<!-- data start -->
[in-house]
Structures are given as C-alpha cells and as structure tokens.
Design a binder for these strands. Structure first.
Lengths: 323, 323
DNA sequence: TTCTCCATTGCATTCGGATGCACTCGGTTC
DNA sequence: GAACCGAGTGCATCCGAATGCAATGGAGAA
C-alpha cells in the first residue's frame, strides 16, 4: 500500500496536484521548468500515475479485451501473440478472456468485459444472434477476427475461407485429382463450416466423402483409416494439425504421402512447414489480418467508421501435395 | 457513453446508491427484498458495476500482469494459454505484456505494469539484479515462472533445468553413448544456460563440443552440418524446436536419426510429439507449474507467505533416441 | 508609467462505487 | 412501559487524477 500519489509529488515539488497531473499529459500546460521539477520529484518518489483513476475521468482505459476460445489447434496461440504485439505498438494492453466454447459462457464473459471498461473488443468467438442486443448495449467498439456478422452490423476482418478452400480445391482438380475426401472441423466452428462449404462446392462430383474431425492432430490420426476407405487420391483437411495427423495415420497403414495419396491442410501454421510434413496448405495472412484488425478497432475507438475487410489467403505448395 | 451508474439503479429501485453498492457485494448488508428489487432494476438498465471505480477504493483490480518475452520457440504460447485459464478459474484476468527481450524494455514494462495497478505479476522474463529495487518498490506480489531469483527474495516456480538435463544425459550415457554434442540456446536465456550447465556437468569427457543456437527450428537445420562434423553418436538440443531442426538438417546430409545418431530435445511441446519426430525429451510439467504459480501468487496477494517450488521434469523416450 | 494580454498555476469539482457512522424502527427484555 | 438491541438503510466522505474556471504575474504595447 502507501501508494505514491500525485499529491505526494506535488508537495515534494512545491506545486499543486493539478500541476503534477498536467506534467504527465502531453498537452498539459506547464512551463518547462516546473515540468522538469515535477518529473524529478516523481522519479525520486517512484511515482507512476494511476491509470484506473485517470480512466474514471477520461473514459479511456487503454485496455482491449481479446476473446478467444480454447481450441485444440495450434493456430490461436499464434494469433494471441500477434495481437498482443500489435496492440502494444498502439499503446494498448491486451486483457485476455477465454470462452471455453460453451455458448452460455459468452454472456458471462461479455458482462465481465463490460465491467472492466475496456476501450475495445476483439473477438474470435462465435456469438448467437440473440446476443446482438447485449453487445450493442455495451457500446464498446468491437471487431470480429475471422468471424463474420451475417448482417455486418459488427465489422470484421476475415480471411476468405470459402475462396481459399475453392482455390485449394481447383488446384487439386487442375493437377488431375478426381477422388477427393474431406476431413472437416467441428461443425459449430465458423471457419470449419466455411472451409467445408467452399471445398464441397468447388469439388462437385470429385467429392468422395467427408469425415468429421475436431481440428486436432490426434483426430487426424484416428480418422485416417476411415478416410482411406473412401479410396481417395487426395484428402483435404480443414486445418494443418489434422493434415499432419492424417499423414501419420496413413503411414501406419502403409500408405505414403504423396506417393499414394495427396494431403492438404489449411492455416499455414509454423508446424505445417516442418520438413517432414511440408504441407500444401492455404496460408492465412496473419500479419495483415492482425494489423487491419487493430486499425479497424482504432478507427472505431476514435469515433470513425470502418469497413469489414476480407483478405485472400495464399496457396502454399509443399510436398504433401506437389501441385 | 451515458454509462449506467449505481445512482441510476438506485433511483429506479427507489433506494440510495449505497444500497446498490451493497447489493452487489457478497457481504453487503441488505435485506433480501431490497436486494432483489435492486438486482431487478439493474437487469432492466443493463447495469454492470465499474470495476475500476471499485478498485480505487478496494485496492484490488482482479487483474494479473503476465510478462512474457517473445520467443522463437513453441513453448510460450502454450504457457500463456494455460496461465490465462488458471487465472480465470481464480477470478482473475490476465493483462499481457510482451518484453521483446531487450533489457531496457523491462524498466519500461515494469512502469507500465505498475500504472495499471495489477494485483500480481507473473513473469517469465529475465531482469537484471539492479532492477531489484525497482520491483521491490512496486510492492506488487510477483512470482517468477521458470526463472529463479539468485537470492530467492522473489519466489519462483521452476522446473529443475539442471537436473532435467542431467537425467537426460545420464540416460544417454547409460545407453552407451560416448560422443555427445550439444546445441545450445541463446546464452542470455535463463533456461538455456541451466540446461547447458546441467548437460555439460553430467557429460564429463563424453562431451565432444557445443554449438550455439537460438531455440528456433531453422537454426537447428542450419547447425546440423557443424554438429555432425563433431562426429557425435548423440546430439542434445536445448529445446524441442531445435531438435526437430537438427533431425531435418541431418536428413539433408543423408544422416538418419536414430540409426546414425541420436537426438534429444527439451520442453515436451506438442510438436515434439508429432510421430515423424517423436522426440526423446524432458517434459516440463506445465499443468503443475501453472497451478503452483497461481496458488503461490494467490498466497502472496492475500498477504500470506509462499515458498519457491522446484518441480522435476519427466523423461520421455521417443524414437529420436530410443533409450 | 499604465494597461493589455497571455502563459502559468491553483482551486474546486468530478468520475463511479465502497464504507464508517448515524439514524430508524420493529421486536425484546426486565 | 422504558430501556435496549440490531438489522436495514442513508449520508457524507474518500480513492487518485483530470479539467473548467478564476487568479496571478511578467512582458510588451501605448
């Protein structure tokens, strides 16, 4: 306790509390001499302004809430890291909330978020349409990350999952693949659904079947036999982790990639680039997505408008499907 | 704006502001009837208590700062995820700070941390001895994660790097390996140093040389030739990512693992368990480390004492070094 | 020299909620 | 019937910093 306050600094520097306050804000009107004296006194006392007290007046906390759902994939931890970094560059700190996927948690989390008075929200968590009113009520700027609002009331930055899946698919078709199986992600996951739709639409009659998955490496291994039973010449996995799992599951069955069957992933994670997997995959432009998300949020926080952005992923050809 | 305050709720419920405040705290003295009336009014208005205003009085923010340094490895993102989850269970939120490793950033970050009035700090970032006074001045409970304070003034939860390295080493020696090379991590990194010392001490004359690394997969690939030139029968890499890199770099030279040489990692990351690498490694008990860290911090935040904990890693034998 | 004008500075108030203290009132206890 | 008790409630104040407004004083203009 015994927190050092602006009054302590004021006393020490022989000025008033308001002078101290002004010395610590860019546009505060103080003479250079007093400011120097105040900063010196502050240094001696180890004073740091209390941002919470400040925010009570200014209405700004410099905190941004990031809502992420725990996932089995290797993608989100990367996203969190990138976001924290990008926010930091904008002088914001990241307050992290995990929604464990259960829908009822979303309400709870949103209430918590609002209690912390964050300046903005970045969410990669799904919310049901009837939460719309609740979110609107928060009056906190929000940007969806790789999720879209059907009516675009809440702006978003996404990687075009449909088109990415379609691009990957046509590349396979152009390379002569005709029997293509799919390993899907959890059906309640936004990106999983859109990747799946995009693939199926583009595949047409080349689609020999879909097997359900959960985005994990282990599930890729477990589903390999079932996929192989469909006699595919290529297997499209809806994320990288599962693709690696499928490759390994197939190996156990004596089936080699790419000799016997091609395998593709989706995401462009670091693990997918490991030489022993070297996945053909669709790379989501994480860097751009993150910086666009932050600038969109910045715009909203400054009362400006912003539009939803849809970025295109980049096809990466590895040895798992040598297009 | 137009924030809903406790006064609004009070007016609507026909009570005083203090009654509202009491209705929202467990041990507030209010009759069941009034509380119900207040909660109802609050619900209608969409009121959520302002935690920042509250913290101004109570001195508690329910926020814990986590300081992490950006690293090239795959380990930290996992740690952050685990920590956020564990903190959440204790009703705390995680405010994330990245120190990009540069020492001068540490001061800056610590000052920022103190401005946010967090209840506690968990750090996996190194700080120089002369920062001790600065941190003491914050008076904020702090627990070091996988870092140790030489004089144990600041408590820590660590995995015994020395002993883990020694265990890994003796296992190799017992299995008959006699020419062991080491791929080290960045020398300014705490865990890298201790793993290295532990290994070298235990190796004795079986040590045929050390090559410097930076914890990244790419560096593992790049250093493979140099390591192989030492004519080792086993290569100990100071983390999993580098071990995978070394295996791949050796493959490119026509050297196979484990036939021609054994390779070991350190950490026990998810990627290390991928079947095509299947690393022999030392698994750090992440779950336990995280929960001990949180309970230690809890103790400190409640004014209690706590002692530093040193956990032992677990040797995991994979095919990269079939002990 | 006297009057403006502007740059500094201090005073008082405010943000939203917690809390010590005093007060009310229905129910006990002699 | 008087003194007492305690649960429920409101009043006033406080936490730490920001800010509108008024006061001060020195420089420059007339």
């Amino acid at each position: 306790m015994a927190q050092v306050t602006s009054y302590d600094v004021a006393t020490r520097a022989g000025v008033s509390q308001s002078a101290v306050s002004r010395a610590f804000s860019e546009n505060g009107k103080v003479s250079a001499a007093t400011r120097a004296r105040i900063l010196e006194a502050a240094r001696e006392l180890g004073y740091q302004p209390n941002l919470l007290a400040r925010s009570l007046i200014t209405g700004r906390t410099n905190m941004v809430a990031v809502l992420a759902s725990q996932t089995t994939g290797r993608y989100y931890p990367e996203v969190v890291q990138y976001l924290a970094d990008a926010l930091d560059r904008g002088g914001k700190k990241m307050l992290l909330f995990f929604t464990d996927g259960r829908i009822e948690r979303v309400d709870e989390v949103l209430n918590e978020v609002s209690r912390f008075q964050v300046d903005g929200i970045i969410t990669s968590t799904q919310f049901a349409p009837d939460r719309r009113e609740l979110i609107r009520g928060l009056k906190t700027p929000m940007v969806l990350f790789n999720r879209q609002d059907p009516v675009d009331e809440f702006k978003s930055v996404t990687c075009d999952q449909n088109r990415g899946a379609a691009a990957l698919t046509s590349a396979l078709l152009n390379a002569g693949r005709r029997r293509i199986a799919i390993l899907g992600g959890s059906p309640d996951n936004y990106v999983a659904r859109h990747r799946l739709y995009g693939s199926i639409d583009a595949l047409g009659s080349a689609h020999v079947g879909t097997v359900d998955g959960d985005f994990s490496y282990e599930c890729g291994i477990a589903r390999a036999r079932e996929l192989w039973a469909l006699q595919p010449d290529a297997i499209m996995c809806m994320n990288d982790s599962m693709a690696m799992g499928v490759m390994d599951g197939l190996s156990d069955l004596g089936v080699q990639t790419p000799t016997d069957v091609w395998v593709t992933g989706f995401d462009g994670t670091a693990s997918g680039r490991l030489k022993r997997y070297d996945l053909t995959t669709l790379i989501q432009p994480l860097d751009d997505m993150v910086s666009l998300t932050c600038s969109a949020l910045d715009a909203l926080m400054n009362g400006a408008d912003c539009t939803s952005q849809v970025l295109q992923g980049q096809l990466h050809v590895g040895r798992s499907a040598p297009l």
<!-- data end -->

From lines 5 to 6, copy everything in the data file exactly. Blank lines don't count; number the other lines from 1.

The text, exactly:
DNA sequence: TTCTCCATTGCATTCGGATGCACTCGGTTC
DNA sequence: GAACCGAGTGCATCCGAATGCAATGGAGAA